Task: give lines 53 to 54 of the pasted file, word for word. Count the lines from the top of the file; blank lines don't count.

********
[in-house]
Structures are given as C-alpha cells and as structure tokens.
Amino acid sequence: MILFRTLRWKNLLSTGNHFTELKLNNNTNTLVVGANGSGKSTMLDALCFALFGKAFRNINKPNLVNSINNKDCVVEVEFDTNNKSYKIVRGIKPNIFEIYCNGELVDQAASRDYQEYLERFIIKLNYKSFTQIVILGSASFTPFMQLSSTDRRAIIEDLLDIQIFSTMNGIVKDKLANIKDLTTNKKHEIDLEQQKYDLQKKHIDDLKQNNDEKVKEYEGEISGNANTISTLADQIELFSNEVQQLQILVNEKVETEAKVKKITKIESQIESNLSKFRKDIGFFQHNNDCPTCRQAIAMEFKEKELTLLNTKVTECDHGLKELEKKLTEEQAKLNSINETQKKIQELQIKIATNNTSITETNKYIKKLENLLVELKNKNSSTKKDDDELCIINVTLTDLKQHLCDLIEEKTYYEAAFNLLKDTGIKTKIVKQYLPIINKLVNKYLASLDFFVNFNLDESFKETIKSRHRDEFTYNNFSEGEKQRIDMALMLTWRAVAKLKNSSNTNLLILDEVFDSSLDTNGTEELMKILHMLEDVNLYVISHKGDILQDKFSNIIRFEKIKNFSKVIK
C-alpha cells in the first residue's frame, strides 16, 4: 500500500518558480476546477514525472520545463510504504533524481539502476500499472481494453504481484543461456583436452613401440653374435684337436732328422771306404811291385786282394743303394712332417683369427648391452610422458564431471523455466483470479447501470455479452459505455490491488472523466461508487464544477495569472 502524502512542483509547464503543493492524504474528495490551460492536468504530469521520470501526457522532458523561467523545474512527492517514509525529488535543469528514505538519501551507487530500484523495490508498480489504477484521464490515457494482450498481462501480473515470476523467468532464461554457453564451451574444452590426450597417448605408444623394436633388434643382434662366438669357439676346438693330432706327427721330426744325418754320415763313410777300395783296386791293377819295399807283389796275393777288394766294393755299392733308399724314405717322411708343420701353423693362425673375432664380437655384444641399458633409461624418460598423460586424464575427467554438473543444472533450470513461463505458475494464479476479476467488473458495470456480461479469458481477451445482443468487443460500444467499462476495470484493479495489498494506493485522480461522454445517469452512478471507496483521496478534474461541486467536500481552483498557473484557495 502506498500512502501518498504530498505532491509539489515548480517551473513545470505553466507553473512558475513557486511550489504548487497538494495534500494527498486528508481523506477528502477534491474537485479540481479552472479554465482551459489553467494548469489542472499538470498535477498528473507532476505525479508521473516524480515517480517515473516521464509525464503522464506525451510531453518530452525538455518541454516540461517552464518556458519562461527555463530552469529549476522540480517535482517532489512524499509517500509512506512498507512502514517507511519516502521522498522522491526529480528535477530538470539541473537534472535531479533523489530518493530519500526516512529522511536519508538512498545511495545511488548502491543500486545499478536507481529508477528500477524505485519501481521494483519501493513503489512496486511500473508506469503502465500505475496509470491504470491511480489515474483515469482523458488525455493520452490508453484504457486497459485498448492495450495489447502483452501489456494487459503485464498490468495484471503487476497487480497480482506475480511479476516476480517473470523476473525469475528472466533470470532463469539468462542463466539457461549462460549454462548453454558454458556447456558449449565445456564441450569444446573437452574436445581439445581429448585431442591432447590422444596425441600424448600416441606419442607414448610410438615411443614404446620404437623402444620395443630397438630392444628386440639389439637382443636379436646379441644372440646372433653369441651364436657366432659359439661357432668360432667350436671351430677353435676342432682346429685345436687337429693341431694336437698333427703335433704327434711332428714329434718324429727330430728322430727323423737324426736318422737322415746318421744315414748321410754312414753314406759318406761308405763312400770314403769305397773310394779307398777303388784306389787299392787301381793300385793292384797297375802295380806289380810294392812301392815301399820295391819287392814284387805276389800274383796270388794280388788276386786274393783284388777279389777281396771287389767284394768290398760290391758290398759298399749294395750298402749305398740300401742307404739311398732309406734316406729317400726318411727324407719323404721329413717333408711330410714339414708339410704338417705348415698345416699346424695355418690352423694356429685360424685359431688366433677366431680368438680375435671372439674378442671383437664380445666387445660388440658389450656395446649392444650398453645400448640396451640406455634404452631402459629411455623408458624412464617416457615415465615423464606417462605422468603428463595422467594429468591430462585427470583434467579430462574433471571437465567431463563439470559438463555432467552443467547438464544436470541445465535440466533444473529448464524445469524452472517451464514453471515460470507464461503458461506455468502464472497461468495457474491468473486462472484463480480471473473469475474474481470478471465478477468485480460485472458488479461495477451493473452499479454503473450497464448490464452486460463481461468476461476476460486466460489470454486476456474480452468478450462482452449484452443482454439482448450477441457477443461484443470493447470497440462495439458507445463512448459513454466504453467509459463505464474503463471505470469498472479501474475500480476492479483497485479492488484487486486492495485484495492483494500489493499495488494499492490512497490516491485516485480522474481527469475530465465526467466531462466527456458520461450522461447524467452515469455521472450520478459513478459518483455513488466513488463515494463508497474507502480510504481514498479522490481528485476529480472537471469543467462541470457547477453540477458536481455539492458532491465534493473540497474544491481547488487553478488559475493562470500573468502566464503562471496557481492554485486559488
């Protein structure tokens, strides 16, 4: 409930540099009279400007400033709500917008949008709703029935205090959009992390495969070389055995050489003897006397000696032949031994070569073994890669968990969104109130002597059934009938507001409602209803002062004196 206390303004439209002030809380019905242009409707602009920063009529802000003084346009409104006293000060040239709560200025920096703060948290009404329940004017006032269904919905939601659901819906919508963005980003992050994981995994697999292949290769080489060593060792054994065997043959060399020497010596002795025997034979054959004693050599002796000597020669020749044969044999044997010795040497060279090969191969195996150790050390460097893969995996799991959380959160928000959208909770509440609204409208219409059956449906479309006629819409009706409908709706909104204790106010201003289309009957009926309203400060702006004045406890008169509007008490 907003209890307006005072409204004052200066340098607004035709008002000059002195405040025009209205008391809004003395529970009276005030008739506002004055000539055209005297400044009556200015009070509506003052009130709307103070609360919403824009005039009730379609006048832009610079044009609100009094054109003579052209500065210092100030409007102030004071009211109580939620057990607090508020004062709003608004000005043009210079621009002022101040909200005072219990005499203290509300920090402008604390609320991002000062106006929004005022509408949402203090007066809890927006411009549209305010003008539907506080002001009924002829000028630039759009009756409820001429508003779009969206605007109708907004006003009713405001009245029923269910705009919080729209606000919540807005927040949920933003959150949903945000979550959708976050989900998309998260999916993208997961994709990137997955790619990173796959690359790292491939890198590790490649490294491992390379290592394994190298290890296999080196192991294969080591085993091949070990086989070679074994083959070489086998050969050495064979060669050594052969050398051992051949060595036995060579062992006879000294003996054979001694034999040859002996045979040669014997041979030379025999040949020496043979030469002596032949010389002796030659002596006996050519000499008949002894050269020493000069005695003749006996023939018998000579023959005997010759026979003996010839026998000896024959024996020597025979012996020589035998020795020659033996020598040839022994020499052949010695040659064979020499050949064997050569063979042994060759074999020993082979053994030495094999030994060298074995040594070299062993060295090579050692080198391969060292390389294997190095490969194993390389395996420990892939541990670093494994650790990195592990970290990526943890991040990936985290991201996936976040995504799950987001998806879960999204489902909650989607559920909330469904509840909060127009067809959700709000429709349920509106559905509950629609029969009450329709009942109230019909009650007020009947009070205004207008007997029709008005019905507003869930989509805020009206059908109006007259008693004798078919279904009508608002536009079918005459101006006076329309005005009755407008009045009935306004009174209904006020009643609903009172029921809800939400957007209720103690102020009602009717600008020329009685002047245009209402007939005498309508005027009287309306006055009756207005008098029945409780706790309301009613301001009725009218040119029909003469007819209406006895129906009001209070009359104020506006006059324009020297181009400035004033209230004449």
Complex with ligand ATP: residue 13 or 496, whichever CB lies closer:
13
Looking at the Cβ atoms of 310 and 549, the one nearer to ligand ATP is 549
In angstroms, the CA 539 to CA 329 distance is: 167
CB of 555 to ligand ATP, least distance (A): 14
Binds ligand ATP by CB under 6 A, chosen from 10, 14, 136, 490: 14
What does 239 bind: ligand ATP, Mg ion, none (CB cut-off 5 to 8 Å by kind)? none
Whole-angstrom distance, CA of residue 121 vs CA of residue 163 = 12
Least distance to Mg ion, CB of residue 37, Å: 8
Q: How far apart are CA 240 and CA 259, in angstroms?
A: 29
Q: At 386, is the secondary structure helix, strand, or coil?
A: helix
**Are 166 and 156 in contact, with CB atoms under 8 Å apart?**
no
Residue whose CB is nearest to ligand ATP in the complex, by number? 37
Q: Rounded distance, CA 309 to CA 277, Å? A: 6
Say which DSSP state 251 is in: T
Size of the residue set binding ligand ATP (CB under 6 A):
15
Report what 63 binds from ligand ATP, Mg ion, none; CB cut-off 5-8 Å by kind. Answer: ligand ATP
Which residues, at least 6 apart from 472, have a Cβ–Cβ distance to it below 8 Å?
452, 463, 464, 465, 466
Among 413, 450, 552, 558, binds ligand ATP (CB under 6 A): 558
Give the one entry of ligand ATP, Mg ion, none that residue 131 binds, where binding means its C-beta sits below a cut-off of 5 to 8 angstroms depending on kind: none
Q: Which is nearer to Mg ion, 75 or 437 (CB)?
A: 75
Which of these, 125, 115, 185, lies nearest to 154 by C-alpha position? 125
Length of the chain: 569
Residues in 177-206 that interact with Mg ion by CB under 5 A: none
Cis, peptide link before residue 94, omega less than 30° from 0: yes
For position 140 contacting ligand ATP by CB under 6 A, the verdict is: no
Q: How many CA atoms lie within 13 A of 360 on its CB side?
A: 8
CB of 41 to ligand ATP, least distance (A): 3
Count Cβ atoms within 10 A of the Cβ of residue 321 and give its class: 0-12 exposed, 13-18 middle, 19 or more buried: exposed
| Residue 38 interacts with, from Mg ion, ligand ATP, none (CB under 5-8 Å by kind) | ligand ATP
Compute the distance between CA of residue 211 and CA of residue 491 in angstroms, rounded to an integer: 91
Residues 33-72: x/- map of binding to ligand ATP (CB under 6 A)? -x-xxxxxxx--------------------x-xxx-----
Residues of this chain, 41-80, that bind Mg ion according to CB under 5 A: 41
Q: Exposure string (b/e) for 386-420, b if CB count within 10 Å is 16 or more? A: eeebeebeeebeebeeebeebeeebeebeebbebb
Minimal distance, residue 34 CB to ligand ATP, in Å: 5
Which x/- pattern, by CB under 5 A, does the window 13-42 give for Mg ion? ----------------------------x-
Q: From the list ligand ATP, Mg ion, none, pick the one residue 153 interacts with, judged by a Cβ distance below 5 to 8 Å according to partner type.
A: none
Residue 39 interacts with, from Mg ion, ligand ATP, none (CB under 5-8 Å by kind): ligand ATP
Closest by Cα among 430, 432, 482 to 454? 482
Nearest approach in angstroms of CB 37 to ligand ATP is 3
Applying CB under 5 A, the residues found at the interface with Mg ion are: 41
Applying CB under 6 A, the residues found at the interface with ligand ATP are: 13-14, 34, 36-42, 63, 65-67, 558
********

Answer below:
Nearest approach in angstroms of CB 37 to ligand ATP is 3
Applying CB under 5 A, the residues found at the interface with Mg ion are: 41